Manus: 6 definitions
Manus means something in Hinduism, Sanskrit. If you want to know the exact meaning, history, etymology or English translation of this term then check out the descriptions on this page. Add your comment or reference to a book if you want to contribute to this summary article.
Vaishnavism (Vaishava dharma)Source: Pure Bhakti: Bhagavad-gita (4th edition)
Manus (मनुस्) refers to “prajāpatis (universal progenitors) delegated by Śrī Bhagavān to generate human population. There are fourteen manus in one day of Brahmā, the present manu being Vaivasvata Manu”. (cf. Glossary page from Śrīmad-Bhagavad-Gītā).
Vaishnava (वैष्णव, vaiṣṇava) or vaishnavism (vaiṣṇavism) represents a tradition of Hinduism worshipping Vishnu as the supreme Lord. Similar to the Shaktism and Shaivism traditions, Vaishnavism also developed as an individual movement, famous for its exposition of the dashavatara (‘ten avatars of Vishnu’).
Languages of India and abroad
Sanskrit dictionarySource: Cologne Digital Sanskrit Dictionaries: Benfey Sanskrit-English Dictionary
Manus (मनुस्).—for original manvant (ptcple. pres. [Parasmaipada.] of man, ii. 8), m. Man (ved.).
— Cf. manu; German, mannus (Tacit. Germ. 2); [Gothic.] man, manna; A. S. man, mann; [Latin] mas, maris;Source: Cologne Digital Sanskrit Dictionaries: Cappeller Sanskrit-English Dictionary
Manus (मनुस्).—[masculine] man, mankind.Source: Cologne Digital Sanskrit Dictionaries: Monier-Williams Sanskrit-English Dictionary
Manus (मनुस्):—[from man] m. man or Manu (the father of men), [Ṛg-veda; Vājasaneyi-saṃhitā] (cf. manur-hita, manuṣ-vat, and mānuṣa).
[Sanskrit to German]
Sanskrit, also spelled संस्कृतम् (saṃskṛtam), is an ancient language of India commonly seen as the grandmother of the Indo-European language family (even English!). Closely allied with Prakrit and Pali, Sanskrit is more exhaustive in both grammar and terms and has the most extensive collection of literature in the world, greatly surpassing its sister-languages Greek and Latin.
See also (Relevant definitions)
Starts with (+135): Manusabala, Manusaka, Manusakantalya, Manusaki, Manusamariya, Manusamhita, Manusapana, Manusatta, Manusava, Manusha, Manushada, Manushadaivika, Manushadatva, Manushajanma, Manushajavisha, Manushalaukika, Manushalinga, Manushamamsada, Manushanikashana, Manushapradhana.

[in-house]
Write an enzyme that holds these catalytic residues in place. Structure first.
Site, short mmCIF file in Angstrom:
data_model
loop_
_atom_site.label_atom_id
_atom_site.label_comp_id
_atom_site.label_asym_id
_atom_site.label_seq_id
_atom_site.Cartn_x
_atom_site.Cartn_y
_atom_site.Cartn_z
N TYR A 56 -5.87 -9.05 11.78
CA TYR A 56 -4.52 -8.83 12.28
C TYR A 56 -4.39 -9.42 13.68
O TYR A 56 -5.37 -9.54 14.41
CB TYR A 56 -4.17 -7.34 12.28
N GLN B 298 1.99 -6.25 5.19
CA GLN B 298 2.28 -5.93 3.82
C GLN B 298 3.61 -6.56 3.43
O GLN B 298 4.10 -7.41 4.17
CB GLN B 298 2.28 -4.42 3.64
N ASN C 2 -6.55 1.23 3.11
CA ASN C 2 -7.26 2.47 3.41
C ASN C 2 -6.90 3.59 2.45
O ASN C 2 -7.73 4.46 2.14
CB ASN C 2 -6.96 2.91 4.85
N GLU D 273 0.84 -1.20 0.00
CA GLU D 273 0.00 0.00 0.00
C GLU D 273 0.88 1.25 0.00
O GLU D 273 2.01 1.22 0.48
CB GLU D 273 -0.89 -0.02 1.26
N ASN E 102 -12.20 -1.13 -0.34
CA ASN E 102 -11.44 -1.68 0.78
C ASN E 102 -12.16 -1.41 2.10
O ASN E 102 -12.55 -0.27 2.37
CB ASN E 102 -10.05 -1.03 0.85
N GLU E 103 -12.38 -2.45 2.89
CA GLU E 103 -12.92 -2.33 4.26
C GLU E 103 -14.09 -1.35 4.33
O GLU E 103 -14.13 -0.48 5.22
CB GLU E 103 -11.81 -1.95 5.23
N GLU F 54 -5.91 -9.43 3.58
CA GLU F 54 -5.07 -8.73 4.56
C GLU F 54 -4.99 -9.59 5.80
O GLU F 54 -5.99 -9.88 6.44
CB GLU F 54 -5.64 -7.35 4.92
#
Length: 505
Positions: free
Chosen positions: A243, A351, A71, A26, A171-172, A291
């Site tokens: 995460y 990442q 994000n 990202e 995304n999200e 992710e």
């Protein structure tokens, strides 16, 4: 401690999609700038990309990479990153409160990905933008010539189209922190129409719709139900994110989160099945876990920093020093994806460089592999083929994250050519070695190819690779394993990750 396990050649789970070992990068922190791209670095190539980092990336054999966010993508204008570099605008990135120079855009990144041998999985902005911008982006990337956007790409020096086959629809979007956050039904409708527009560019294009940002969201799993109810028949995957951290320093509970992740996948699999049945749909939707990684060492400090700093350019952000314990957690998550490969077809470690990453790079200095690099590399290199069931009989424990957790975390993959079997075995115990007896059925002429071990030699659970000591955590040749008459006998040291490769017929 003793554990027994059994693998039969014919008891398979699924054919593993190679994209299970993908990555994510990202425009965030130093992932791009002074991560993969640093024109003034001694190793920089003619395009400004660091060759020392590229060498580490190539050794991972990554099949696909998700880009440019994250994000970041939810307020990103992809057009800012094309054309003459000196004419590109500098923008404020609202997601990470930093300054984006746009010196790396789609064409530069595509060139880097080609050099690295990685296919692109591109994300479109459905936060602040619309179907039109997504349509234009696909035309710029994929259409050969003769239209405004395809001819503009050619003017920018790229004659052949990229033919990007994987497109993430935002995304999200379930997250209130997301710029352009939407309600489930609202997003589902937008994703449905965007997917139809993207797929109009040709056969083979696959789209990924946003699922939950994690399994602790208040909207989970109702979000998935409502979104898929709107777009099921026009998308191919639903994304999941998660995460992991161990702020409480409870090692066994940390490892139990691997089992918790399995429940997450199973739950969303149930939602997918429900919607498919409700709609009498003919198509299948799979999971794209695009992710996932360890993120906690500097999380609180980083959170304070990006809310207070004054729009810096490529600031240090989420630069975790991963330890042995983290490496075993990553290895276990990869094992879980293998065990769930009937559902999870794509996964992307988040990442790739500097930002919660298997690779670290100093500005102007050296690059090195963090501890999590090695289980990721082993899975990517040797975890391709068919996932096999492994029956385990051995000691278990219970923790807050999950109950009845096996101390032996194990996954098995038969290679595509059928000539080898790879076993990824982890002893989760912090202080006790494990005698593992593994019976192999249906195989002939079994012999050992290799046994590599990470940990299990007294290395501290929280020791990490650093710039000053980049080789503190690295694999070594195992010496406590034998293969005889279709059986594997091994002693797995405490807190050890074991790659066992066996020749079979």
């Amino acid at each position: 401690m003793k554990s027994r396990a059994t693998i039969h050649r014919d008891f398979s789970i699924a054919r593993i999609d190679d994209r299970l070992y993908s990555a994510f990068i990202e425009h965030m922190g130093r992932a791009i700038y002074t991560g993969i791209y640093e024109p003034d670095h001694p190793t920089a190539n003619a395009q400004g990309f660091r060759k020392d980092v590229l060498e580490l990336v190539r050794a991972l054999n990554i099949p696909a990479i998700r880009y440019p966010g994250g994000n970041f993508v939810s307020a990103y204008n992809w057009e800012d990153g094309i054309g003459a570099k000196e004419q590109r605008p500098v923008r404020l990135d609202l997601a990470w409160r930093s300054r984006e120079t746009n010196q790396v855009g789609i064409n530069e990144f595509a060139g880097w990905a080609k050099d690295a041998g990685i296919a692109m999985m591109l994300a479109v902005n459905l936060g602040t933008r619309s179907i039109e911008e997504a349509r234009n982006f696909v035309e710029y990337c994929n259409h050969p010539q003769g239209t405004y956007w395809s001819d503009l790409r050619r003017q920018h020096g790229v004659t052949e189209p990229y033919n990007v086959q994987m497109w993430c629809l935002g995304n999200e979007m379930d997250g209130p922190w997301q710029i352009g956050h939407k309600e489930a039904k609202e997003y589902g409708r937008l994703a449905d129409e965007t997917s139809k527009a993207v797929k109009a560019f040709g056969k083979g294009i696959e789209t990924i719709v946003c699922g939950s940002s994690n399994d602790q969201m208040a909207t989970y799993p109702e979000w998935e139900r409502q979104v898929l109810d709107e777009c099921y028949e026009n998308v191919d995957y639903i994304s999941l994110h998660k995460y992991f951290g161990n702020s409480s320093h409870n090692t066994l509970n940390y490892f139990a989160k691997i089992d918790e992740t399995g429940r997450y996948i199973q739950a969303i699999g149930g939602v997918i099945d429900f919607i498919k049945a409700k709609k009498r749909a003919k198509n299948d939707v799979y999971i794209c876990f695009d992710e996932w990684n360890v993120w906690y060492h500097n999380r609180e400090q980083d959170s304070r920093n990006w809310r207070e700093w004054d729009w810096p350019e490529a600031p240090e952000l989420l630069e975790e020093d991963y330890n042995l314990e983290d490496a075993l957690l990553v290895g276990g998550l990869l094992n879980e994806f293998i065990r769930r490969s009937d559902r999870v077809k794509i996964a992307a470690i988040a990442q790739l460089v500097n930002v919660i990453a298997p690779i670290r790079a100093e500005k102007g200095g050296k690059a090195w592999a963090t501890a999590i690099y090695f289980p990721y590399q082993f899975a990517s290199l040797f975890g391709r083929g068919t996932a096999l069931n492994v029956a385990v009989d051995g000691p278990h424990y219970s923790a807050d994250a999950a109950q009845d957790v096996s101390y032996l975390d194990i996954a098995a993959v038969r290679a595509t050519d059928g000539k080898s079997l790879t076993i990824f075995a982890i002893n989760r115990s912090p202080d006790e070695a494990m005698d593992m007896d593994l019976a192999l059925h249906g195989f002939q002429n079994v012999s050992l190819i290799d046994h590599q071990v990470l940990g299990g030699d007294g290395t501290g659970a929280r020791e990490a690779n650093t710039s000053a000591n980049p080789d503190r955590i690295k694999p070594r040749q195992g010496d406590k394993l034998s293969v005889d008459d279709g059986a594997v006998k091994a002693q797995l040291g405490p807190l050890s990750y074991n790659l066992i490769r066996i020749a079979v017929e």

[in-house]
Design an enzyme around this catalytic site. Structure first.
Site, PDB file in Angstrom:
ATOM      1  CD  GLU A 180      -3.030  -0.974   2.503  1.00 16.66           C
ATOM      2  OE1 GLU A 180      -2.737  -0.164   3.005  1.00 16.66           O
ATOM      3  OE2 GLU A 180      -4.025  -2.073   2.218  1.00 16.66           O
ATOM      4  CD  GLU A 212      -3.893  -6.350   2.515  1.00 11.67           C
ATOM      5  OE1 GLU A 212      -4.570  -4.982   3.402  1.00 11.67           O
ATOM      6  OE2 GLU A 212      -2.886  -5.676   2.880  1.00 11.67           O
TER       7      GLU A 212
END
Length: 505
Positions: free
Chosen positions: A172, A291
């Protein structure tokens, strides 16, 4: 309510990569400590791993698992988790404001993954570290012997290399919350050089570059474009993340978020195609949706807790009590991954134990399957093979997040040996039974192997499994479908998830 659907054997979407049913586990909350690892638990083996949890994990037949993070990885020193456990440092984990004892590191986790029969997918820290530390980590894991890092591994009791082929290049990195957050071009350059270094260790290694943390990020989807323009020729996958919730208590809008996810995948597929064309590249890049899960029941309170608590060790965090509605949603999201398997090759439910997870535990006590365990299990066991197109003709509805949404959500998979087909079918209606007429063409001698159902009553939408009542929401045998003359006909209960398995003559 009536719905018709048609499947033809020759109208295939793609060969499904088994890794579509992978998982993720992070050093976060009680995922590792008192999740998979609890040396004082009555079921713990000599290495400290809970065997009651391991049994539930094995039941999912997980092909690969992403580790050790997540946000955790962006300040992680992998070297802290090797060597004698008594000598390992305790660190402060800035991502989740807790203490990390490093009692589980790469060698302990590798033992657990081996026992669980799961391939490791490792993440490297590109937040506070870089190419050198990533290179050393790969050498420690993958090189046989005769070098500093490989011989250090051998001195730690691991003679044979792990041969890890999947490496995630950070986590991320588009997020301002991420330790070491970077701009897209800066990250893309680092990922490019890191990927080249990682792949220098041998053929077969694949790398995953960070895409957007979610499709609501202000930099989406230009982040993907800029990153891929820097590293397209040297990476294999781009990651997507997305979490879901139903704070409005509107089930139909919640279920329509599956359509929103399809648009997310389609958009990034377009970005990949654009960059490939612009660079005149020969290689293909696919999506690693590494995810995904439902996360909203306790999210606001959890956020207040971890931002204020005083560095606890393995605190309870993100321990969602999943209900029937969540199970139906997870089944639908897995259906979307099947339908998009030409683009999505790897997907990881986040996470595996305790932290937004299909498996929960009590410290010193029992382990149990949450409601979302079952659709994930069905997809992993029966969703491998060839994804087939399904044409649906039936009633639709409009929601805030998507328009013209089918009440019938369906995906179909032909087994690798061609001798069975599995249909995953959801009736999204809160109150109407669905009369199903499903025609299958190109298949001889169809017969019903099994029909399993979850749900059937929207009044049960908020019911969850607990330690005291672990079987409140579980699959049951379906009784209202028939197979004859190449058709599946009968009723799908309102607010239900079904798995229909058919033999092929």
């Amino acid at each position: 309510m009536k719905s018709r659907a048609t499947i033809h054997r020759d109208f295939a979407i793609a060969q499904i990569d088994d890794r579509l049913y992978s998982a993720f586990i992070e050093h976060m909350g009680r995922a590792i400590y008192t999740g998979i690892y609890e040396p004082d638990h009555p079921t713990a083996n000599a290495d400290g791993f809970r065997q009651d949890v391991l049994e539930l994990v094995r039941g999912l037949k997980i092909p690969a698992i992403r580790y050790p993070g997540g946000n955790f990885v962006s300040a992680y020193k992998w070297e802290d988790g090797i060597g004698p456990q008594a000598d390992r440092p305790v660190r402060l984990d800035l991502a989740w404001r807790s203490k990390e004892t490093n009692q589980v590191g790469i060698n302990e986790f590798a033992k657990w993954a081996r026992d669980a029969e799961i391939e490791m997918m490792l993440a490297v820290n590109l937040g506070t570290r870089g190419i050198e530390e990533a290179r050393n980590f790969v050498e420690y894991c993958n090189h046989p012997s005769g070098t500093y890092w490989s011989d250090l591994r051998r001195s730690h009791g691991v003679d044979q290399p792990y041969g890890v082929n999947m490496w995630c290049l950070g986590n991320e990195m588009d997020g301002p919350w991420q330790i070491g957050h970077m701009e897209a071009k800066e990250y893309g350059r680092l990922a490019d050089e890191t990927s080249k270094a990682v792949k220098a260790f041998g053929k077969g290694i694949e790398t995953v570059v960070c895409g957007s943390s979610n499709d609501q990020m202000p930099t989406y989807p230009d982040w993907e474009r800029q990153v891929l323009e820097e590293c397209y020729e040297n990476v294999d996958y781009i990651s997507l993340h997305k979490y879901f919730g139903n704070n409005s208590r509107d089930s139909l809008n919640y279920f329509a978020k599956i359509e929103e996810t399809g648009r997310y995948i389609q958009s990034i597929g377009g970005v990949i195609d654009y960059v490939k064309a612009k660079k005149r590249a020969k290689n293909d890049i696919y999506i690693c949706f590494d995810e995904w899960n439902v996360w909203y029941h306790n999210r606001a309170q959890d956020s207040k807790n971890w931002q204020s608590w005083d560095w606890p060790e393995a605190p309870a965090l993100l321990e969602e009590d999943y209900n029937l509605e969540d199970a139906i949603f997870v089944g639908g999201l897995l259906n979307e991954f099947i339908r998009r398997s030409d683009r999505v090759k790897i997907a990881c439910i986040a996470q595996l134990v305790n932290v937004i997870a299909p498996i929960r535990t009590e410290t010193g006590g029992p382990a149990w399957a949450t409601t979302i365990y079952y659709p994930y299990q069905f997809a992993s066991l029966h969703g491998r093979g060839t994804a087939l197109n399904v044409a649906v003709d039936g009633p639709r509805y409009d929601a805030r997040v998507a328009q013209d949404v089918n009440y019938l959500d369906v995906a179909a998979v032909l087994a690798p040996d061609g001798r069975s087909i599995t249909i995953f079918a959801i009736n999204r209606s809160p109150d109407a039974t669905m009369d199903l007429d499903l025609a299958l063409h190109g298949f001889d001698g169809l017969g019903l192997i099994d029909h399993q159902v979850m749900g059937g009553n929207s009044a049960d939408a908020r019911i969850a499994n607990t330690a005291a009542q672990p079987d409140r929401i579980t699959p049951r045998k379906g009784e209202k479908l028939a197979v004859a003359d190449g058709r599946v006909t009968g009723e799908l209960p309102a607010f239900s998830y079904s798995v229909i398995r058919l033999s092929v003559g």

Ends with: Vishvamanus.
Full-text (+90): Manu, Manusha, Savarni, Manvantara, Pancalakshana, Vishvavasu, Raucya, Vishvamanus, Priyavratanvaya, Auttami, Kulankara, Pramshunriga, Merusavarna, Manvadi, Savarnantara, Agnisavarni, Rudrasukta, Manukala, Manushvat, Vishvamanusha.
Search found 38 books and stories containing Manus; (plurals include: Manuses). You can also click to the full overview containing English textual excerpts. Below are direct links for the most relevant articles:
Manusmriti with the Commentary of Medhatithi (by Ganganatha Jha)
Verse 1.61 < [Section XXXVI - Manvantara and the Seven Manus]
Verse 1.36 < [Section XX - Creation of Marīci and other Sages]
Verse 1.62 < [Section XXXVI - Manvantara and the Seven Manus]
Jnaneshwari (Bhavartha Dipika) (by Ramchandra Keshav Bhagwat)
Shrimad Bhagavad-gita (by Narayana Gosvami)
Verse 10.6 < [Chapter 10 - Vibhūti-yoga (appreciating the opulences of the Supreme Lord)]
The Shiva Purana (by J. L. Shastri)
Chapter 34 - The enumeration of Manvantaras < [Section 5 - Umā-Saṃhitā]
Chapter 11 - The description of creation (sṛṣṭi) (2) < [Section 7.1 - Vāyavīya-saṃhitā (1)]
Harivamsha Purana (by Manmatha Nath Dutt)